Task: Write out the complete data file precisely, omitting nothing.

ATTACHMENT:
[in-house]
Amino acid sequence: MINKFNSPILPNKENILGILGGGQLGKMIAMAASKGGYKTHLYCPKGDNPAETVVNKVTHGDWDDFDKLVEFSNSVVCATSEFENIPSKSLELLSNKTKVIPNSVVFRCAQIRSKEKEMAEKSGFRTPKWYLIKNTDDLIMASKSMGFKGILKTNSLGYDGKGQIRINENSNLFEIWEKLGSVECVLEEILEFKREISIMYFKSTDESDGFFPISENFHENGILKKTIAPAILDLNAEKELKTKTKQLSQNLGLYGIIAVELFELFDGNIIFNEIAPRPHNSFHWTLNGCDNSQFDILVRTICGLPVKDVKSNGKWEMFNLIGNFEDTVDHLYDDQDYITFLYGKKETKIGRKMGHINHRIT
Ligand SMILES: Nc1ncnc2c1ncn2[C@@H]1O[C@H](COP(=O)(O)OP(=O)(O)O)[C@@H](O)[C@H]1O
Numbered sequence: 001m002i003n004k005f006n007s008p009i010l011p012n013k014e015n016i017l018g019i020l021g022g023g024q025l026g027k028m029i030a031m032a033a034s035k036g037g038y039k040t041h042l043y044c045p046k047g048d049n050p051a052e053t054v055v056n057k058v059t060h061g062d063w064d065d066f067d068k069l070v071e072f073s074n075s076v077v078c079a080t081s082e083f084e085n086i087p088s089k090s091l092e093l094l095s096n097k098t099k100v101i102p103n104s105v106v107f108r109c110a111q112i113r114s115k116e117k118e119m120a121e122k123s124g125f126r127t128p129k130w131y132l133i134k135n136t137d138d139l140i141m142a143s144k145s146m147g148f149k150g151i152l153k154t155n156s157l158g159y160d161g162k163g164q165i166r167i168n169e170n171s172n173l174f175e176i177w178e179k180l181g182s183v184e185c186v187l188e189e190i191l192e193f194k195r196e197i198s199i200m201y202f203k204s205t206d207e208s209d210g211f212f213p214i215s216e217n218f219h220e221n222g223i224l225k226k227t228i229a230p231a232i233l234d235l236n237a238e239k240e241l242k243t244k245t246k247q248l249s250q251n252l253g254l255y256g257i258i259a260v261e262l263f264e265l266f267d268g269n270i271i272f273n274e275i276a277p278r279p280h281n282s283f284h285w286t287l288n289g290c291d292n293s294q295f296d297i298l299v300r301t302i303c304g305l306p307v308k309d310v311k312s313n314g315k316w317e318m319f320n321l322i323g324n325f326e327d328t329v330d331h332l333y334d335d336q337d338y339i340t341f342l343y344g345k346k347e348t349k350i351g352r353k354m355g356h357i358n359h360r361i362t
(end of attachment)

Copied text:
[in-house]
Amino acid sequence: MINKFNSPILPNKENILGILGGGQLGKMIAMAASKGGYKTHLYCPKGDNPAETVVNKVTHGDWDDFDKLVEFSNSVVCATSEFENIPSKSLELLSNKTKVIPNSVVFRCAQIRSKEKEMAEKSGFRTPKWYLIKNTDDLIMASKSMGFKGILKTNSLGYDGKGQIRINENSNLFEIWEKLGSVECVLEEILEFKREISIMYFKSTDESDGFFPISENFHENGILKKTIAPAILDLNAEKELKTKTKQLSQNLGLYGIIAVELFELFDGNIIFNEIAPRPHNSFHWTLNGCDNSQFDILVRTICGLPVKDVKSNGKWEMFNLIGNFEDTVDHLYDDQDYITFLYGKKETKIGRKMGHINHRIT
Ligand SMILES: Nc1ncnc2c1ncn2[C@@H]1O[C@H](COP(=O)(O)OP(=O)(O)O)[C@@H](O)[C@H]1O
Numbered sequence: 001m002i003n004k005f006n007s008p009i010l011p012n013k014e015n016i017l018g019i020l021g022g023g024q025l026g027k028m029i030a031m032a033a034s035k036g037g038y039k040t041h042l043y044c045p046k047g048d049n050p051a052e053t054v055v056n057k058v059t060h061g062d063w064d065d066f067d068k069l070v071e072f073s074n075s076v077v078c079a080t081s082e083f084e085n086i087p088s089k090s091l092e093l094l095s096n097k098t099k100v101i102p103n104s105v106v107f108r109c110a111q112i113r114s115k116e117k118e119m120a121e122k123s124g125f126r127t128p129k130w131y132l133i134k135n136t137d138d139l140i141m142a143s144k145s146m147g148f149k150g151i152l153k154t155n156s157l158g159y160d161g162k163g164q165i166r167i168n169e170n171s172n173l174f175e176i177w178e179k180l181g182s183v184e185c186v187l188e189e190i191l192e193f194k195r196e197i198s199i200m201y202f203k204s205t206d207e208s209d210g211f212f213p214i215s216e217n218f219h220e221n222g223i224l225k226k227t228i229a230p231a232i233l234d235l236n237a238e239k240e241l242k243t244k245t246k247q248l249s250q251n252l253g254l255y256g257i258i259a260v261e262l263f264e265l266f267d268g269n270i271i272f273n274e275i276a277p278r279p280h281n282s283f284h285w286t287l288n289g290c291d292n293s294q295f296d297i298l299v300r301t302i303c304g305l306p307v308k309d310v311k312s313n314g315k316w317e318m319f320n321l322i323g324n325f326e327d328t329v330d331h332l333y334d335d336q337d338y339i340t341f342l343y344g345k346k347e348t349k350i351g352r353k354m355g356h357i358n359h360r361i362t